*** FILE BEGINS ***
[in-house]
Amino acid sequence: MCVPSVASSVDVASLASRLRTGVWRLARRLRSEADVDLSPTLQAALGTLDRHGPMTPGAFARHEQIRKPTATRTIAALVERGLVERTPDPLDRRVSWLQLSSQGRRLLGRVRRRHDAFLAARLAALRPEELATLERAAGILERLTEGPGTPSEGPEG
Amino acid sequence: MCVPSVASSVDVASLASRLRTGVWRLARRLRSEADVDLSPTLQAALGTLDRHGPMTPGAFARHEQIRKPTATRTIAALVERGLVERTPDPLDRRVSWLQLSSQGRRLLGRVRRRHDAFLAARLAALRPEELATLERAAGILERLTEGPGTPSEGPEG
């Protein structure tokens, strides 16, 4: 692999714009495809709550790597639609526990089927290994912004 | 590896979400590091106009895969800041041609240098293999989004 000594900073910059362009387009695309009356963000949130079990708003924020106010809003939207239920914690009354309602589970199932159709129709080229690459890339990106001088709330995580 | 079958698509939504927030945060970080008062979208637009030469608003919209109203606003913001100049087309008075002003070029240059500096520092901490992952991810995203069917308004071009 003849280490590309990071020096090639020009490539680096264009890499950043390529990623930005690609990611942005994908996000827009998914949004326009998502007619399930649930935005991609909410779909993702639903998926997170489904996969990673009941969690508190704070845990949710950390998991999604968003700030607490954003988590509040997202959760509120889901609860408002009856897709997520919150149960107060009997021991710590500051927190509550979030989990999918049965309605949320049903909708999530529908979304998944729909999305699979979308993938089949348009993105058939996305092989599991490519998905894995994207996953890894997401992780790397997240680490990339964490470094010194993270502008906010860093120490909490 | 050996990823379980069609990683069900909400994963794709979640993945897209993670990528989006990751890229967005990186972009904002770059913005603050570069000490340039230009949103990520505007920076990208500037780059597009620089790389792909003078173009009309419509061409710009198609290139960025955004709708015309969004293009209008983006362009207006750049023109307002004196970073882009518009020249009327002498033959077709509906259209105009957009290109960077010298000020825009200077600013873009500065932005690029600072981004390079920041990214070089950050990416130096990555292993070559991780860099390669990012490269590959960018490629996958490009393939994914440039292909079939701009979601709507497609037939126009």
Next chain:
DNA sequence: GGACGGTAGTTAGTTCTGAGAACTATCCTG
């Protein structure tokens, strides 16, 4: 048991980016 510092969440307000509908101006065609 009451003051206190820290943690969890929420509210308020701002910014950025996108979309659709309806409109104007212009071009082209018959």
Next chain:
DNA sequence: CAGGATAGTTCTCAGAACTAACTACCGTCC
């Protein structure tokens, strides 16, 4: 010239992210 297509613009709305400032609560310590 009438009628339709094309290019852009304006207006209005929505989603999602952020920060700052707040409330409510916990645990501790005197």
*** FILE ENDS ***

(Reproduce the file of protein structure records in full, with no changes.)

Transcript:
[in-house]
Amino acid sequence: MCVPSVASSVDVASLASRLRTGVWRLARRLRSEADVDLSPTLQAALGTLDRHGPMTPGAFARHEQIRKPTATRTIAALVERGLVERTPDPLDRRVSWLQLSSQGRRLLGRVRRRHDAFLAARLAALRPEELATLERAAGILERLTEGPGTPSEGPEG
Amino acid sequence: MCVPSVASSVDVASLASRLRTGVWRLARRLRSEADVDLSPTLQAALGTLDRHGPMTPGAFARHEQIRKPTATRTIAALVERGLVERTPDPLDRRVSWLQLSSQGRRLLGRVRRRHDAFLAARLAALRPEELATLERAAGILERLTEGPGTPSEGPEG
């Protein structure tokens, strides 16, 4: 692999714009495809709550790597639609526990089927290994912004 | 590896979400590091106009895969800041041609240098293999989004 000594900073910059362009387009695309009356963000949130079990708003924020106010809003939207239920914690009354309602589970199932159709129709080229690459890339990106001088709330995580 | 079958698509939504927030945060970080008062979208637009030469608003919209109203606003913001100049087309008075002003070029240059500096520092901490992952991810995203069917308004071009 003849280490590309990071020096090639020009490539680096264009890499950043390529990623930005690609990611942005994908996000827009998914949004326009998502007619399930649930935005991609909410779909993702639903998926997170489904996969990673009941969690508190704070845990949710950390998991999604968003700030607490954003988590509040997202959760509120889901609860408002009856897709997520919150149960107060009997021991710590500051927190509550979030989990999918049965309605949320049903909708999530529908979304998944729909999305699979979308993938089949348009993105058939996305092989599991490519998905894995994207996953890894997401992780790397997240680490990339964490470094010194993270502008906010860093120490909490 | 050996990823379980069609990683069900909400994963794709979640993945897209993670990528989006990751890229967005990186972009904002770059913005603050570069000490340039230009949103990520505007920076990208500037780059597009620089790389792909003078173009009309419509061409710009198609290139960025955004709708015309969004293009209008983006362009207006750049023109307002004196970073882009518009020249009327002498033959077709509906259209105009957009290109960077010298000020825009200077600013873009500065932005690029600072981004390079920041990214070089950050990416130096990555292993070559991780860099390669990012490269590959960018490629996958490009393939994914440039292909079939701009979601709507497609037939126009």
Next chain:
DNA sequence: GGACGGTAGTTAGTTCTGAGAACTATCCTG
């Protein structure tokens, strides 16, 4: 048991980016 510092969440307000509908101006065609 009451003051206190820290943690969890929420509210308020701002910014950025996108979309659709309806409109104007212009071009082209018959």
Next chain:
DNA sequence: CAGGATAGTTCTCAGAACTAACTACCGTCC
């Protein structure tokens, strides 16, 4: 010239992210 297509613009709305400032609560310590 009438009628339709094309290019852009304006207006209005929505989603999602952020920060700052707040409330409510916990645990501790005197």